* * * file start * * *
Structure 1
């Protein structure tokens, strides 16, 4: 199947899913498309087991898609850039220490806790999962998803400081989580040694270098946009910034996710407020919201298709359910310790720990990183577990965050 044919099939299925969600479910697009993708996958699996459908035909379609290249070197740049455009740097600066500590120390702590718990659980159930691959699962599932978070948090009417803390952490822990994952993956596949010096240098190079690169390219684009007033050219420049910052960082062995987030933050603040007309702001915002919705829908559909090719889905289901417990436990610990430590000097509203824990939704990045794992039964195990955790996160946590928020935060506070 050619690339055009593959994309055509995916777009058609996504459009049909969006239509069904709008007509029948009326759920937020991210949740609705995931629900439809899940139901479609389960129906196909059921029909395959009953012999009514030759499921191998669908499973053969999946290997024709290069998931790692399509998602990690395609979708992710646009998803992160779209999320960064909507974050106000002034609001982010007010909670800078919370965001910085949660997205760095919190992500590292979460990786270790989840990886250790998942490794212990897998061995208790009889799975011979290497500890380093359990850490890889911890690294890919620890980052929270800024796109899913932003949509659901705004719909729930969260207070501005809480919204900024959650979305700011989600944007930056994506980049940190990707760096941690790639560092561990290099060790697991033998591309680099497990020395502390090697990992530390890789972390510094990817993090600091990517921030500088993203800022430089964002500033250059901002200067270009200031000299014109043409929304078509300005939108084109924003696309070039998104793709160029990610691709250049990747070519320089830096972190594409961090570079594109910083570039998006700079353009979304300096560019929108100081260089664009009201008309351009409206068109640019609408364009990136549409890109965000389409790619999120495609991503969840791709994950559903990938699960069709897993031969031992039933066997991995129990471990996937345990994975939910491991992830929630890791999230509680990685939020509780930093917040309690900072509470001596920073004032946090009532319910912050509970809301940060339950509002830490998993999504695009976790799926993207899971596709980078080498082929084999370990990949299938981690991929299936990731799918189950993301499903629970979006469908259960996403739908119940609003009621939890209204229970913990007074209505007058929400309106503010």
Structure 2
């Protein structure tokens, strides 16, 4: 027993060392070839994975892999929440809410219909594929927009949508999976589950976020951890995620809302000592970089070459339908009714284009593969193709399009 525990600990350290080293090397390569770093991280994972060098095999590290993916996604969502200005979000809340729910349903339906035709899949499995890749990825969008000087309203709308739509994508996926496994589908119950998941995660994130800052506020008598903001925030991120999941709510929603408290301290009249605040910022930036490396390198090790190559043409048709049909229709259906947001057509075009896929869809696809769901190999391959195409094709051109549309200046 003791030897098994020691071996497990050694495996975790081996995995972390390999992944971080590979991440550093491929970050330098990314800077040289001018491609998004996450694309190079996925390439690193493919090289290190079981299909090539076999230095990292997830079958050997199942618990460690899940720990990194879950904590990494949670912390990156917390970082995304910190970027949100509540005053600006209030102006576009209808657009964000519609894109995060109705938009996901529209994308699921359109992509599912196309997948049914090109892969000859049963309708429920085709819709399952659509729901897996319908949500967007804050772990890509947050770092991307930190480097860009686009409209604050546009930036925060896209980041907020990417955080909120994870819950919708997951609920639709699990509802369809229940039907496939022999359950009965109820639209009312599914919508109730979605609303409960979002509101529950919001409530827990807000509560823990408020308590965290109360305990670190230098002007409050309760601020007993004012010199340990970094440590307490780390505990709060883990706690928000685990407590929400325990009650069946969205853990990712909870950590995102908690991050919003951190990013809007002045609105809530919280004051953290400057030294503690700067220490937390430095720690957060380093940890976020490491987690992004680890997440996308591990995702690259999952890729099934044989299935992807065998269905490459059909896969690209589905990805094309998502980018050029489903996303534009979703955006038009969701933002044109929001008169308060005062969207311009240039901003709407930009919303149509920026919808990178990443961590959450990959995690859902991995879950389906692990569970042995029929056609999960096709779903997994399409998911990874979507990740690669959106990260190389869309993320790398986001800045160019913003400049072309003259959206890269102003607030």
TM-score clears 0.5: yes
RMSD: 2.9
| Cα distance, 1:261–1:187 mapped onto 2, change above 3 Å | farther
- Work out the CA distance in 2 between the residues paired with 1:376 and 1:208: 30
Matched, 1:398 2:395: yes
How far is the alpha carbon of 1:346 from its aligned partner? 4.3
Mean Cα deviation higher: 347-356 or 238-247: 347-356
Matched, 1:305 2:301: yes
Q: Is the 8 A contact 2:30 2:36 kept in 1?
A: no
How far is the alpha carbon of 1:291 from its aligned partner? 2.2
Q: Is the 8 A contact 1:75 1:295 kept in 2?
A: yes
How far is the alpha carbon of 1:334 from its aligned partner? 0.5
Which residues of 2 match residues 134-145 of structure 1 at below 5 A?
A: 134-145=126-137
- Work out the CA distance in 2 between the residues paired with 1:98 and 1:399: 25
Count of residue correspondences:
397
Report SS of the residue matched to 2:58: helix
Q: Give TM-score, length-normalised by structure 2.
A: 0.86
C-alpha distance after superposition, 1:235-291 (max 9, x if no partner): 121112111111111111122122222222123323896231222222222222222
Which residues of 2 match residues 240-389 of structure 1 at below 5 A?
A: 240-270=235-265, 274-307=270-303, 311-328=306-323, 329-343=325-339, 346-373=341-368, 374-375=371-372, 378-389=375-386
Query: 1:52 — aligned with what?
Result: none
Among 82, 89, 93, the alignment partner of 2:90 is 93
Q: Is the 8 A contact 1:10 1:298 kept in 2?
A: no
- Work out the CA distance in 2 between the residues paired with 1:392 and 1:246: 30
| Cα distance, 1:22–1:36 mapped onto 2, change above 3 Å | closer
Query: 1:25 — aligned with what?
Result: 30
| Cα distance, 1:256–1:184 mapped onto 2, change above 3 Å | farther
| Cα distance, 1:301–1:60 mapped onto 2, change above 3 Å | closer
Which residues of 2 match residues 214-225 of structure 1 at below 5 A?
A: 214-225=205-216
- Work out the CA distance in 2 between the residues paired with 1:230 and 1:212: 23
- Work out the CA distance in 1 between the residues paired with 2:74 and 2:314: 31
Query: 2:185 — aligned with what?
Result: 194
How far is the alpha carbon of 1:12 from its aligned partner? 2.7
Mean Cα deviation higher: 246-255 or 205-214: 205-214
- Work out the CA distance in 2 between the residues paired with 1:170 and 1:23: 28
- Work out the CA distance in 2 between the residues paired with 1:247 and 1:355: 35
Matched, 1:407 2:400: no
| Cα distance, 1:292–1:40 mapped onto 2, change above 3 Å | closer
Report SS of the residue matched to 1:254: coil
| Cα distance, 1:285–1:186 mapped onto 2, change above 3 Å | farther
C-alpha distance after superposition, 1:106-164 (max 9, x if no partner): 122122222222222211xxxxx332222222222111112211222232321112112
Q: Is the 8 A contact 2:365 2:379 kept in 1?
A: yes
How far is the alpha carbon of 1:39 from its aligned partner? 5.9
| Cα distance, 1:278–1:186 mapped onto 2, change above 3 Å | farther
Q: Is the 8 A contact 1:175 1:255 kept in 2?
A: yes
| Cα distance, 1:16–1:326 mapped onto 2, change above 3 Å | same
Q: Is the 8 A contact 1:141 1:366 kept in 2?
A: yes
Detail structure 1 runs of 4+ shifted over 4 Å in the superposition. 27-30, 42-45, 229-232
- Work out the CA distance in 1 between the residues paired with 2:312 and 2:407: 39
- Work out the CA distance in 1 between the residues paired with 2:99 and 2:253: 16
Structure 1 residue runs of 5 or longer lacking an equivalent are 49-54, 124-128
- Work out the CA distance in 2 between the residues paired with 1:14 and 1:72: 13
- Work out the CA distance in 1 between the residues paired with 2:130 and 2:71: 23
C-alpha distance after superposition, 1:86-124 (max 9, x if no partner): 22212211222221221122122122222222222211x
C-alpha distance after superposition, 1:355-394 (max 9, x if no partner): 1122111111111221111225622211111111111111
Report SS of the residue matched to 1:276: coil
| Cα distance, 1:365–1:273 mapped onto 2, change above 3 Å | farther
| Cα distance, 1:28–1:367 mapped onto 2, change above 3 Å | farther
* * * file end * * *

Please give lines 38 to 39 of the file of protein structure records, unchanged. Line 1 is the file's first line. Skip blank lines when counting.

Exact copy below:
Result: 30
| Cα distance, 1:256–1:184 mapped onto 2, change above 3 Å | farther